DR Rob Gandy  I  UK

So your kids have grown up and gone off to university, travelled the world or got a job in some other town or city.

After the initial upset at your nest being emptied and the realisation that this is another landmark in your life’s journey, you settle down to a new routine where there is quite a bit more freedom: where you aren’t required as a taxi late into the night; where your drinks cabinet hasn’t suddenly been stripped of all its contents; and where the television programmes and music played are what you want to watch and hear. You can go out for the evening in the safe knowledge that their ‘friends’ won’t have called in and help trash the place with cigarette stubs and vodka spills killing your prized cactus. You still keep in touch with your cherubs, usually when they decide that they need something, and you exchange visits, particularly if there are grandchildren (and they need someone to babysit). But then you receive that telephone call that you’ve always feared and dreaded: “Can I come back home to live with you?” Yes – your kid is a boomerang!

“Can I come back home to live with you?” Yes – your kid is a boomerang!

Image by Naassom Azevedo via

A major study has looked at the impact that adults who move back home after moving away have on their parents1. And THEY CAUSE THEIR PARENTS STRESS AND CONFLICT! What a surprise! In fact, the biggest surprise is arguably the fact that the academics at the London School of Economics and Political Science got funding to research what to most GBoomers is the b!@@$% obvious! Seventeen countries were covered: France, Germany, Switzerland, Austria, Luxembourg, Belgium, Netherlands, Sweden, Denmark, Italy, Spain, Portugal, Greece, Slovenia, Czech Republic, Estonia and Poland. Conspicuous by its absence is the United Kingdom! Those amongst us who adhere to conspiracy theories suspect that this might be because if the UK HAD been included in the research the results would probably gone right off the scale!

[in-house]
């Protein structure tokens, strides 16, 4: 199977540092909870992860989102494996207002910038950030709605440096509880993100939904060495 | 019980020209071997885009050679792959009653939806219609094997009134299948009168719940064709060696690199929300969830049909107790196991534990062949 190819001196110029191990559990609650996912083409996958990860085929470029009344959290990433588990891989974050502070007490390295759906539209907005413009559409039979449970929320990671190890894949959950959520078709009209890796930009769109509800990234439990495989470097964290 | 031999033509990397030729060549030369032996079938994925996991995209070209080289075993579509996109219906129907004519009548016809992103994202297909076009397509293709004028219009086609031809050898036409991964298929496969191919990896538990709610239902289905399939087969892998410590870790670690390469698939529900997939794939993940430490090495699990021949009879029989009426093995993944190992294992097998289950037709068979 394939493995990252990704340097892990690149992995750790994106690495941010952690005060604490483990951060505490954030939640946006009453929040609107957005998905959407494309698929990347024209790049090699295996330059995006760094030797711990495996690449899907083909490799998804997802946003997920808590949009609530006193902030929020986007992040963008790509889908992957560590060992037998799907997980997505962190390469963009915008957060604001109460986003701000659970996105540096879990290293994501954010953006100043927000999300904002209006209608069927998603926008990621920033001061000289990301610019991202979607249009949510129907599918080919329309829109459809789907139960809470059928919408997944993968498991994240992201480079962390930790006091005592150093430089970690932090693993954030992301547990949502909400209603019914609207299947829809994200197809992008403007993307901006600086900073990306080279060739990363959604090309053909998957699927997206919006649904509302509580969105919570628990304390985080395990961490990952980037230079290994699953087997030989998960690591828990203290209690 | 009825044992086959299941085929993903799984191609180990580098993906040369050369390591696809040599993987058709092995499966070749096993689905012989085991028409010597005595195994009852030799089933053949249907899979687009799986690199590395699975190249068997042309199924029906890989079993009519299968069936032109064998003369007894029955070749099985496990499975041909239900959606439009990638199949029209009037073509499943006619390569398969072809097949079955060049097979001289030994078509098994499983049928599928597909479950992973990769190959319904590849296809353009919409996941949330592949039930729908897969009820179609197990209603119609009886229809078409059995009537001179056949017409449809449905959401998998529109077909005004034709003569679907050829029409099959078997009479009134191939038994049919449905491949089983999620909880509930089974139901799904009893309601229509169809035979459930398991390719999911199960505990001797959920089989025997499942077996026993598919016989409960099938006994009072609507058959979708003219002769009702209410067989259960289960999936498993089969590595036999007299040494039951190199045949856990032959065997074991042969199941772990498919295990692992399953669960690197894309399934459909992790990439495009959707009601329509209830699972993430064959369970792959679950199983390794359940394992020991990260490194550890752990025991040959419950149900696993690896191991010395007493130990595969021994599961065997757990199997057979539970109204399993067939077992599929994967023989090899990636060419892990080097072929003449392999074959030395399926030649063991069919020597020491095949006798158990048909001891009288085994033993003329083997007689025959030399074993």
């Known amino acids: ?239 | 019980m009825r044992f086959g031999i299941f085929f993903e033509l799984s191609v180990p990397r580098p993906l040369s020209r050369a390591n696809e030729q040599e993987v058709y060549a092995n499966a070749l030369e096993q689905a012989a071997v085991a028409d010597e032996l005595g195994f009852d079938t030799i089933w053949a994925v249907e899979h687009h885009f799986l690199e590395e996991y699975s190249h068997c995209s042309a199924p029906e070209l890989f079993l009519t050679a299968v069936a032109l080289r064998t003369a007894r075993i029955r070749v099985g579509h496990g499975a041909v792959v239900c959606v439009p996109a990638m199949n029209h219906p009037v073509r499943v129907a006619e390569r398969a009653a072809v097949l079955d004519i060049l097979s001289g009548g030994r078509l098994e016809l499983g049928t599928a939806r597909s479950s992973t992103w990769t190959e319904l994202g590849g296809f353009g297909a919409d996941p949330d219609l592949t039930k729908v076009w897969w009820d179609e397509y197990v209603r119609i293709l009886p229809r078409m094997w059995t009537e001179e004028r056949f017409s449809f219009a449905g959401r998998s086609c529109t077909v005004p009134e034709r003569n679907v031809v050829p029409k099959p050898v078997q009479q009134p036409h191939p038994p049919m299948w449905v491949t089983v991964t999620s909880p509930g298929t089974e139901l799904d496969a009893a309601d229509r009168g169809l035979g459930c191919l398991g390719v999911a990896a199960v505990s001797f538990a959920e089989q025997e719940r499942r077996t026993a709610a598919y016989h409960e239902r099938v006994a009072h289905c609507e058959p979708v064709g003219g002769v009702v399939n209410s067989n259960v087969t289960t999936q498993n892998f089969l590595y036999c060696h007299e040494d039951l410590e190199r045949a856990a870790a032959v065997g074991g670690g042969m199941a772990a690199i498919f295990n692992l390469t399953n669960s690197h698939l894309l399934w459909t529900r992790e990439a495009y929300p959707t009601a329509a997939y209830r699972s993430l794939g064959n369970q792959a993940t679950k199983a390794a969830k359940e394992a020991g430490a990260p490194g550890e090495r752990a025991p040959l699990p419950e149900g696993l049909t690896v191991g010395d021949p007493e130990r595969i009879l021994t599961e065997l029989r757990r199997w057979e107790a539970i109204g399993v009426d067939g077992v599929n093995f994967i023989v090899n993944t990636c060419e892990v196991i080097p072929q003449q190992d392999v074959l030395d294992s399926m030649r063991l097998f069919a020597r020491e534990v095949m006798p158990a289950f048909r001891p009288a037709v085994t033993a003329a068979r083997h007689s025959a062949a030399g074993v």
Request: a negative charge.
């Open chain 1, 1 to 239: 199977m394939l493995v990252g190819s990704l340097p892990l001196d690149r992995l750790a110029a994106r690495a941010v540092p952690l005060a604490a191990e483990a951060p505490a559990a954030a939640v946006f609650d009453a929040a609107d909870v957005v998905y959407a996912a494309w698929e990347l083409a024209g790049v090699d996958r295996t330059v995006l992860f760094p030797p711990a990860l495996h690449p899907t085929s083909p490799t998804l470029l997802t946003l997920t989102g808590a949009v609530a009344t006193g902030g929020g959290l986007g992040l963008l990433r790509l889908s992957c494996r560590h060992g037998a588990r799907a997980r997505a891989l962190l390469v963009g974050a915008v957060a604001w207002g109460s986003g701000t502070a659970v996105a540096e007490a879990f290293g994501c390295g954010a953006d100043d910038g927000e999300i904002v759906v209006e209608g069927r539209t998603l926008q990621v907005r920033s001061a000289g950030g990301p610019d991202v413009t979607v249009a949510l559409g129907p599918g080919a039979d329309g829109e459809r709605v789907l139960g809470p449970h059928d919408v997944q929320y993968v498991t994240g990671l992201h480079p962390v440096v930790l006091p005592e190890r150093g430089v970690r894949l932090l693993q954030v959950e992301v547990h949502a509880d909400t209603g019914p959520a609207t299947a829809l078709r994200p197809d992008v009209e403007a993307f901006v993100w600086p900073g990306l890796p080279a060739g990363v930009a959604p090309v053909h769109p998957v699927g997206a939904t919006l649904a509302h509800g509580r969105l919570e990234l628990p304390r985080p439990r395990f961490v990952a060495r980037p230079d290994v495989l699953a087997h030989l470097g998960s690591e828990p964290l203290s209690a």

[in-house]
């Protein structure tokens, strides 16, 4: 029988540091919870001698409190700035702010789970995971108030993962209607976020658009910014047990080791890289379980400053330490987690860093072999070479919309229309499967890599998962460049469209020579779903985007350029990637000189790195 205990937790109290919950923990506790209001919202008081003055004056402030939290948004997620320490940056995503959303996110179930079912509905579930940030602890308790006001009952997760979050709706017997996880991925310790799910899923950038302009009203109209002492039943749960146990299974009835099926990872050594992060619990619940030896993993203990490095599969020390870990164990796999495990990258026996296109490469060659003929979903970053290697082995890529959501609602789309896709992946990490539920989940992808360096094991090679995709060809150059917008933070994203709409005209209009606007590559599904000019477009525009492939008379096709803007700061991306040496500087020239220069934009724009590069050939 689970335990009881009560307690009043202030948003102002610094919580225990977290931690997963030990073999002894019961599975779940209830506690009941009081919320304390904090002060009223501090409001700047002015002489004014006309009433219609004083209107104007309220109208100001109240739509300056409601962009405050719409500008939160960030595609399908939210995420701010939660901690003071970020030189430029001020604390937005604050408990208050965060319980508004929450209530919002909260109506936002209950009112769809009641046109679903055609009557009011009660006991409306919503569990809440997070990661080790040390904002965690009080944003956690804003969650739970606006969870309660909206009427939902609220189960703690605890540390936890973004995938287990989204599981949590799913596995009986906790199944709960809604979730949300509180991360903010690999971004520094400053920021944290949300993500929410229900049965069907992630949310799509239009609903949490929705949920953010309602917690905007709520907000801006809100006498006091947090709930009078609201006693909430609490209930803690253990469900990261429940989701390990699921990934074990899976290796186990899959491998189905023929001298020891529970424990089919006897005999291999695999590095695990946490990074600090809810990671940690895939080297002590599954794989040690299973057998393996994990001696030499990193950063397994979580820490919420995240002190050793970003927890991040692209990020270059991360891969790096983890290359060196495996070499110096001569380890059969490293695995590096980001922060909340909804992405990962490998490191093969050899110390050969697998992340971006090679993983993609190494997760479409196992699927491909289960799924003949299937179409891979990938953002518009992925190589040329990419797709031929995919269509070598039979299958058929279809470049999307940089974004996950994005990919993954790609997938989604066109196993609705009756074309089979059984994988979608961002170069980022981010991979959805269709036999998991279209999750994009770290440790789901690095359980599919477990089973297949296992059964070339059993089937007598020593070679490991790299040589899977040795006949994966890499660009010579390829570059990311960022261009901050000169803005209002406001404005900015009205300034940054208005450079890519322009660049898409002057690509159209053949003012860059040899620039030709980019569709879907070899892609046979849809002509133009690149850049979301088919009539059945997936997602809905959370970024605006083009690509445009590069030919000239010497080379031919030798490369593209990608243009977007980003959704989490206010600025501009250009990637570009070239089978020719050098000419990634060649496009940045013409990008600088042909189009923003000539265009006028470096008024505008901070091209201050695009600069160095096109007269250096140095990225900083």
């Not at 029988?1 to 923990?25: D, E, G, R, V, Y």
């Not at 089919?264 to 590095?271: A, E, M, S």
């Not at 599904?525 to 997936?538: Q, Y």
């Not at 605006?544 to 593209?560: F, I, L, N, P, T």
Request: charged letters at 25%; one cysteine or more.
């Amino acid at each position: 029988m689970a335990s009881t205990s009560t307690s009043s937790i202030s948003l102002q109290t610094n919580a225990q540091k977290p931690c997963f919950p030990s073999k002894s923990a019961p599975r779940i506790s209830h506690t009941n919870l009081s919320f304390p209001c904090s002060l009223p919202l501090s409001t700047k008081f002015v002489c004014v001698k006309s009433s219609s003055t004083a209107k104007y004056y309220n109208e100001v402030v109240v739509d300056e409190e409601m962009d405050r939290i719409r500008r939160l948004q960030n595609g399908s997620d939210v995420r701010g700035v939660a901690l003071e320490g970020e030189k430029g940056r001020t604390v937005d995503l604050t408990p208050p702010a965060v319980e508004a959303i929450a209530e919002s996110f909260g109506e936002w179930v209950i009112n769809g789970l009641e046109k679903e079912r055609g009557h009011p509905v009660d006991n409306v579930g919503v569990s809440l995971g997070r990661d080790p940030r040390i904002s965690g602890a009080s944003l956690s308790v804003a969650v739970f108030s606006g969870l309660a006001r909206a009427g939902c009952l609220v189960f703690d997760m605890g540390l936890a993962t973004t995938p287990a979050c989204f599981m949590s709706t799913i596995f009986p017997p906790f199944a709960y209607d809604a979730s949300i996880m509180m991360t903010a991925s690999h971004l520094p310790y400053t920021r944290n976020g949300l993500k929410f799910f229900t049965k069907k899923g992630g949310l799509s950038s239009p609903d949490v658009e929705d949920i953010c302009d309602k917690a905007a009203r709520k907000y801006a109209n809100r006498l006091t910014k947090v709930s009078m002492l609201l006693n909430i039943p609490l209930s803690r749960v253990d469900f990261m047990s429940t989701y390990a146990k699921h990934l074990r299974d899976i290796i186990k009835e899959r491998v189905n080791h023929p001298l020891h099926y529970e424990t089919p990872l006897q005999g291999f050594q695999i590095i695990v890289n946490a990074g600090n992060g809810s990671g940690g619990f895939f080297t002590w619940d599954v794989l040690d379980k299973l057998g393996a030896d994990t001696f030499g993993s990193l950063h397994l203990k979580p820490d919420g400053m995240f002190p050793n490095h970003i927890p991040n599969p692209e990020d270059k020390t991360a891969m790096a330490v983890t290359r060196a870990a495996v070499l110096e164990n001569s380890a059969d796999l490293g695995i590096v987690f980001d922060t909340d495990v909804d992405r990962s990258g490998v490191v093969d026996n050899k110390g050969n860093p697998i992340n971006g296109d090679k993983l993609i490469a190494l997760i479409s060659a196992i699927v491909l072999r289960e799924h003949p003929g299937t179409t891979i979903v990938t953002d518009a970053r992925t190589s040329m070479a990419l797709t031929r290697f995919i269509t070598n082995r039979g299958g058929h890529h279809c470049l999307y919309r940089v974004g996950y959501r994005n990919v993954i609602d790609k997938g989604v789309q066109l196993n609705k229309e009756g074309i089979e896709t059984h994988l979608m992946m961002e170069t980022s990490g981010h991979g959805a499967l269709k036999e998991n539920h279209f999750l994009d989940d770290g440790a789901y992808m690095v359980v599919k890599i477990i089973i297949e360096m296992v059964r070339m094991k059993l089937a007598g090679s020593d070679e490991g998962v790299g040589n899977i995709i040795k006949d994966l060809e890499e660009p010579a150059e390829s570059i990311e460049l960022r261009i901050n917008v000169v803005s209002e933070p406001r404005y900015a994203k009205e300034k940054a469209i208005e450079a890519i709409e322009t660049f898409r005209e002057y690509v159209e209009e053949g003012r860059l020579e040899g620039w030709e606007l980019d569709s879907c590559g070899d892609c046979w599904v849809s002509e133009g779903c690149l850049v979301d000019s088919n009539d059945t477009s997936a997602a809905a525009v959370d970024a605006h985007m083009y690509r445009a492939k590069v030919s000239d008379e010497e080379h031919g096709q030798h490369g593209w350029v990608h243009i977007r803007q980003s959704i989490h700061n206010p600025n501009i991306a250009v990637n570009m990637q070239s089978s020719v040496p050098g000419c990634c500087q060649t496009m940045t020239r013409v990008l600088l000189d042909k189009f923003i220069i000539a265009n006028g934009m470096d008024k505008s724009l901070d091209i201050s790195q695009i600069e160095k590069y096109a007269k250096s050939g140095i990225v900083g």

The research found that parents’ (aged between 50 and 75) whose adult children moved back into the family home saw a decline in their quality of life and wellbeing. But this slump in wellbeing was only when there were no other children still at home, i.e. there was no impact if other children were already living in the family home. Quality of life and wellbeing was measured across four areas: control; autonomy; pleasure; and self-realisation. The higher a score, the better the quality of life. The study found that when an adult child returned home to an “empty-nest”, scores dropped significantly. Its report stated that such a drop had a substantial effect on quality of life; it was similar to developing an age-related disability, such as difficulties with walking or getting dressed! (I suspect that some of the boomerang kids had difficulties with getting out of bed and getting dressed!)

The study observed that “Over the past half century, intergenerational co-residence has declined dramatically in Western countries. However, this pattern has recently altered, and in some countries multigenerational co-residence has increased; a shift interpreted as a family response to high unemployment rates, poor job prospects and financial hardship among young adults.” Clearly there are different reasons for adult kids returning home, e.g. unemployment and partnership breakdown, which are themselves distressing to parents. But after controlling for this, it was found that the return of a child still caused a significant decline in parents’ wellbeing.

Apparently there is a greater effect in Protestant countries compared to Catholic countries, but there is an effect in all countries. Part of the reason is that when parents no longer have children at home their marital relationship improves and they find a new balance, enjoying life through new hobbies and activities. This all goes out of the window when adult children move back.

So be warned! Make sure you have an escape strategy if your own kids look like they might boomerang back to you. I am reminded of a true story that I was told by a couple of work colleagues many years ago. They had a mutual acquaintance who had left home to go to university. One Friday, on the spur of the moment, he decided to go home for the weekend. He arrived at his home and rang the doorbell. The door opened and the man answering the door asked “Who are you?” to which he replied “Who are you?” It transpired that his parents had moved house and not told him! Was this an oversight or a cunning plan? Keep this story filed away in the back of your mind in case of emergency.